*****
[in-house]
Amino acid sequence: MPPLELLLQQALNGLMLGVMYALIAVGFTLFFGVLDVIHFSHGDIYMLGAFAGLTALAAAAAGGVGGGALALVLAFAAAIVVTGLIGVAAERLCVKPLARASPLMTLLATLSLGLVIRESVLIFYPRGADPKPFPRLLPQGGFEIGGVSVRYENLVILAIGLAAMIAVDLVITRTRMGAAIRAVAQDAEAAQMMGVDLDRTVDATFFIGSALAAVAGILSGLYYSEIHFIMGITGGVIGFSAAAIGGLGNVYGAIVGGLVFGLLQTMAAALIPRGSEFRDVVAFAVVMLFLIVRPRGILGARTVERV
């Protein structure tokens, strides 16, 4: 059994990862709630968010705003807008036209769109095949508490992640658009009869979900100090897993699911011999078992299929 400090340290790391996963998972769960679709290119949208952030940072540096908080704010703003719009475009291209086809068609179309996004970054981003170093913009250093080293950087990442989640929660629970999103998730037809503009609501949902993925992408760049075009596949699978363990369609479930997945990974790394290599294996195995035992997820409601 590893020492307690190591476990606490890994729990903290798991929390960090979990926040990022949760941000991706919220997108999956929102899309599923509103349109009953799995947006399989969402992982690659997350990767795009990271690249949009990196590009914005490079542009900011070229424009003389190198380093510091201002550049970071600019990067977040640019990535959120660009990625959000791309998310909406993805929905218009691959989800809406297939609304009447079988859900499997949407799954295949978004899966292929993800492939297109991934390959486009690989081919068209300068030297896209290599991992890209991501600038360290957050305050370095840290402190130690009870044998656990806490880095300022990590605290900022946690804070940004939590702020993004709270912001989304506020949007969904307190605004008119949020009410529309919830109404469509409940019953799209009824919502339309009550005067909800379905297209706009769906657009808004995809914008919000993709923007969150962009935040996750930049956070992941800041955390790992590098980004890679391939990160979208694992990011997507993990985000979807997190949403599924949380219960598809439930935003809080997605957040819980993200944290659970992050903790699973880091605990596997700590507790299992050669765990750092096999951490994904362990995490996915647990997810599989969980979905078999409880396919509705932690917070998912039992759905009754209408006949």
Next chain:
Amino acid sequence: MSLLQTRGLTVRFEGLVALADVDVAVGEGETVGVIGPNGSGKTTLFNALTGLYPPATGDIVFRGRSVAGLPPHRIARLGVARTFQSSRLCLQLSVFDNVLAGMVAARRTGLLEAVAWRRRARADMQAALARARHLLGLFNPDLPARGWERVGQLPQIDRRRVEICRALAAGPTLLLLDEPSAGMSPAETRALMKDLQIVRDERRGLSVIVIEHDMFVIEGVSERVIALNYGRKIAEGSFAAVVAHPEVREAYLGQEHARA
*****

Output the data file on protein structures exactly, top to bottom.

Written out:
[in-house]
Amino acid sequence: MPPLELLLQQALNGLMLGVMYALIAVGFTLFFGVLDVIHFSHGDIYMLGAFAGLTALAAAAAGGVGGGALALVLAFAAAIVVTGLIGVAAERLCVKPLARASPLMTLLATLSLGLVIRESVLIFYPRGADPKPFPRLLPQGGFEIGGVSVRYENLVILAIGLAAMIAVDLVITRTRMGAAIRAVAQDAEAAQMMGVDLDRTVDATFFIGSALAAVAGILSGLYYSEIHFIMGITGGVIGFSAAAIGGLGNVYGAIVGGLVFGLLQTMAAALIPRGSEFRDVVAFAVVMLFLIVRPRGILGARTVERV
């Protein structure tokens, strides 16, 4: 059994990862709630968010705003807008036209769109095949508490992640658009009869979900100090897993699911011999078992299929 400090340290790391996963998972769960679709290119949208952030940072540096908080704010703003719009475009291209086809068609179309996004970054981003170093913009250093080293950087990442989640929660629970999103998730037809503009609501949902993925992408760049075009596949699978363990369609479930997945990974790394290599294996195995035992997820409601 590893020492307690190591476990606490890994729990903290798991929390960090979990926040990022949760941000991706919220997108999956929102899309599923509103349109009953799995947006399989969402992982690659997350990767795009990271690249949009990196590009914005490079542009900011070229424009003389190198380093510091201002550049970071600019990067977040640019990535959120660009990625959000791309998310909406993805929905218009691959989800809406297939609304009447079988859900499997949407799954295949978004899966292929993800492939297109991934390959486009690989081919068209300068030297896209290599991992890209991501600038360290957050305050370095840290402190130690009870044998656990806490880095300022990590605290900022946690804070940004939590702020993004709270912001989304506020949007969904307190605004008119949020009410529309919830109404469509409940019953799209009824919502339309009550005067909800379905297209706009769906657009808004995809914008919000993709923007969150962009935040996750930049956070992941800041955390790992590098980004890679391939990160979208694992990011997507993990985000979807997190949403599924949380219960598809439930935003809080997605957040819980993200944290659970992050903790699973880091605990596997700590507790299992050669765990750092096999951490994904362990995490996915647990997810599989969980979905078999409880396919509705932690917070998912039992759905009754209408006949």
Next chain:
Amino acid sequence: MSLLQTRGLTVRFEGLVALADVDVAVGEGETVGVIGPNGSGKTTLFNALTGLYPPATGDIVFRGRSVAGLPPHRIARLGVARTFQSSRLCLQLSVFDNVLAGMVAARRTGLLEAVAWRRRARADMQAALARARHLLGLFNPDLPARGWERVGQLPQIDRRRVEICRALAAGPTLLLLDEPSAGMSPAETRALMKDLQIVRDERRGLSVIVIEHDMFVIEGVSERVIALNYGRKIAEGSFAAVVAHPEVREAYLGQEHARA